Canadian parents are willing to go into debt or even defer their retirement to put a child in hockey and other activities
Toronto, ON (November 12, 2013) – Three out of five Canadian parents (61 per cent) say they, or someone they know, have borrowed money or used their retirement savings to put a child through hockey or other extracurricular activities.
The average household spends $1,500 on hockey-related expenses. – less than the typical Canadian household invests in education savings ($1,455 per year). Fewer than half of Canadian households have a Registered Education Savings Plan or RESP (45 per cent) ., even though families know they should be putting money aside for school before hockey.
A Leger survey commissioned by CST Consultants (CST), one of Canada’s largest RESP providers, shows that 60 per cent of parents agree that it’s more important for them to start saving for post-secondary education before spending money on extracurricular activities like hockey.
The survey also revealed that an overwhelming majority of parents, 89 per cent, believe it’s important for parents to help their child pay for their post-secondary education, especially with tuition fees on a steady increase.
Average university tuition fees increased by 3.3 per cent to $5,772. a year for an undergraduate degree in 2013, and could be as much as $9,000 a year by 2026 (based on a 4 per cent year over year rate increase).
Parents are spending as much as $10,000 a year for their children to play hockey according to the book Selling the Dream.
“Some parents spend a lot of money on hockey. And that’s OK. We should all chase our dreams. But what about the dream of post-secondary education? There are parents who are willing to spend $10,000 a year for their kids to play hockey, but not balance that with an RESP investment,” says Ken Campbell, senior writer at The Hockey News and author of Selling the Dream. “I’m often asked, ‘What do I need to do for my son/daughter to get a scholarship?’ And I tell them, ‘If you take all the money you’re investing in hockey and put it into an RESP, your son (or daughter) won’t need a scholarship.’ About 0.1 percent of the kids who play hockey will appear in just one game in the NHL. Many, many more will go on to university or college.”
“We love hockey. But extracurricular activities shouldn’t come at the price of investing in your child’s future,” said Peter Lewis, Vice President at CST. “This survey shows that Canadians believe that planning for higher education should be a higher priority. An RESP for your child should be a must, especially with the Canadian government matching 20 per cent of the first $2,500 in annual contributions. It’s money offered by the government and a tax-deferred way to save for your child’s future.”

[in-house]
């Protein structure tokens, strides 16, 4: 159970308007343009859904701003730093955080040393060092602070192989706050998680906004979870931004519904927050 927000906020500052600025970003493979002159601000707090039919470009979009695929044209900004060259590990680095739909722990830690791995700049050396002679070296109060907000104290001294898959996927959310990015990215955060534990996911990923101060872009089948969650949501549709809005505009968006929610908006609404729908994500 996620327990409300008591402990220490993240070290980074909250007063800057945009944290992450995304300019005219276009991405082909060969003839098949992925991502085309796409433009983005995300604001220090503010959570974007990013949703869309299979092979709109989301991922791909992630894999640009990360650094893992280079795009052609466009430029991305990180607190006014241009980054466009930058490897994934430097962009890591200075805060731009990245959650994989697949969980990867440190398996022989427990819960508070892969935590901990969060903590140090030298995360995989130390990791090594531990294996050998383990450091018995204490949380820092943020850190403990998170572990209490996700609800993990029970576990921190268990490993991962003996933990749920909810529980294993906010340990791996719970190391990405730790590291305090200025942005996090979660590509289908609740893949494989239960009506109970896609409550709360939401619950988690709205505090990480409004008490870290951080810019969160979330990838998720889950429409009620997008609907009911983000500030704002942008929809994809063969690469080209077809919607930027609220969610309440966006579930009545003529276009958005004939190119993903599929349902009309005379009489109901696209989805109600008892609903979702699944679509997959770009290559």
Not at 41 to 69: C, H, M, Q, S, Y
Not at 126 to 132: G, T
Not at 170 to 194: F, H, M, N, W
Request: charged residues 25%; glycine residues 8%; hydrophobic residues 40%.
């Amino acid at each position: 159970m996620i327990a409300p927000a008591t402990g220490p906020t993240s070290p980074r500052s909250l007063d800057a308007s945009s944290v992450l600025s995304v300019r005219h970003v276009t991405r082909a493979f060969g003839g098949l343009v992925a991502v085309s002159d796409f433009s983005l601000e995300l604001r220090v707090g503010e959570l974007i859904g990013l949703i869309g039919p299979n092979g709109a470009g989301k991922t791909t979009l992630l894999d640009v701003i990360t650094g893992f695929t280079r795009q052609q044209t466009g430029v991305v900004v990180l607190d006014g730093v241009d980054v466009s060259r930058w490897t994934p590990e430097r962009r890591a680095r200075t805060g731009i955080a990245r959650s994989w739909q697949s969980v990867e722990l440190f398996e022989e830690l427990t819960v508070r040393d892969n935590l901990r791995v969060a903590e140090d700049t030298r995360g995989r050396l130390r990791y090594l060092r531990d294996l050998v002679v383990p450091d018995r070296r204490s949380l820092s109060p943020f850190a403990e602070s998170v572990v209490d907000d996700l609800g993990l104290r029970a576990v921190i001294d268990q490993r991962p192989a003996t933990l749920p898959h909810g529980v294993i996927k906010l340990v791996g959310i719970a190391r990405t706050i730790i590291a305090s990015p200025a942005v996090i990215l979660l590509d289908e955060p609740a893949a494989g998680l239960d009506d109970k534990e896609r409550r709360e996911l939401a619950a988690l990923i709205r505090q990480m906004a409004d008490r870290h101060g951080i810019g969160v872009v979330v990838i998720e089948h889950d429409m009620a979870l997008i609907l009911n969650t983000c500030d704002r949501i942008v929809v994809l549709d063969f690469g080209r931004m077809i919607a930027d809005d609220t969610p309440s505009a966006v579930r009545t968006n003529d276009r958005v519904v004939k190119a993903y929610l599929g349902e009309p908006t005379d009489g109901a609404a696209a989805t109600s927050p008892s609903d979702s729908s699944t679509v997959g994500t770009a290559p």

What the numbers say:
- 38 per cent of parents say they, or someone they know, have borrowed money (credit card, line of credit, personal or family loan) to put a child in extracurricular activities such as hockey or swimming.
- 23 per cent of parents say they, or someone they know, have deferred their retirement or are using their retirement savings (RRSP) to put a child in extracurricular activities such as hockey or swimming.
- 51 per cent of parents say they, or someone they know, is spending more money to put a child in an extracurricular activity over an education savings plan like an RESP.
The Leger survey was completed between October 1 and October 3, 2013 with a sample of 1503 Canadians 18+. A probability sample of the same size would yield a margin of error of +/- 2.5 per cent, 19 times out of 20.
CST encourages parents to learn more about RESPs and start investing in their child’s future.
As parents we all dream to see our children do well in life. With that in mind CST is launching a new community education initiative. We’re inviting hockey communities - teams or associations - to tell us what they’re doing for their community and to encourage the educational success amongst their players. In turn, they will get the chance to compete for $10,000 to go towards their program and help alleviate the cost of hockey for parents. To learn more about this program, visit: www.beyondtheblueline.ca.
.Royal Bank of Canada 2011 survey
.Employment and Social Development Canada (formerly known as Human Resources and Skills Development Canada) – Annual Statistical Review 2012
.Statistics Canada – The Daily – University Tuition Fees 2013/2014, September 2013
Edyta McKay – Manager, Corporate Communications
CST Consultants Inc.
Mobile – 647 242-5433
SELECT Public Relations
Mobile – 416 659-1197
The Canadian Scholarship Trust Foundation is a non-profit organization that has been helping families save for post-secondary education for over fifty years. As a wholly-owned subsidiary of the Foundation, C.S.T. Consultants Inc. (CST) is the distributor and manager of the Canadian Scholarship Trust Plans. Focused exclusively on growing and protecting its planholders' savings, CST currently manages $3.8 billion in assets for over 280,000 Canadian families. CST boasts a sales force of 640 located across the country. The Canadian Scholarship Trust Foundation offers its own awards for academic achievement and community engagement to those students in their Group Plans who are pursuing graduate studies. For more information about RESPs at CST go to www.cst.org or follow us on twitter @cstconsultants and like us on Facebook.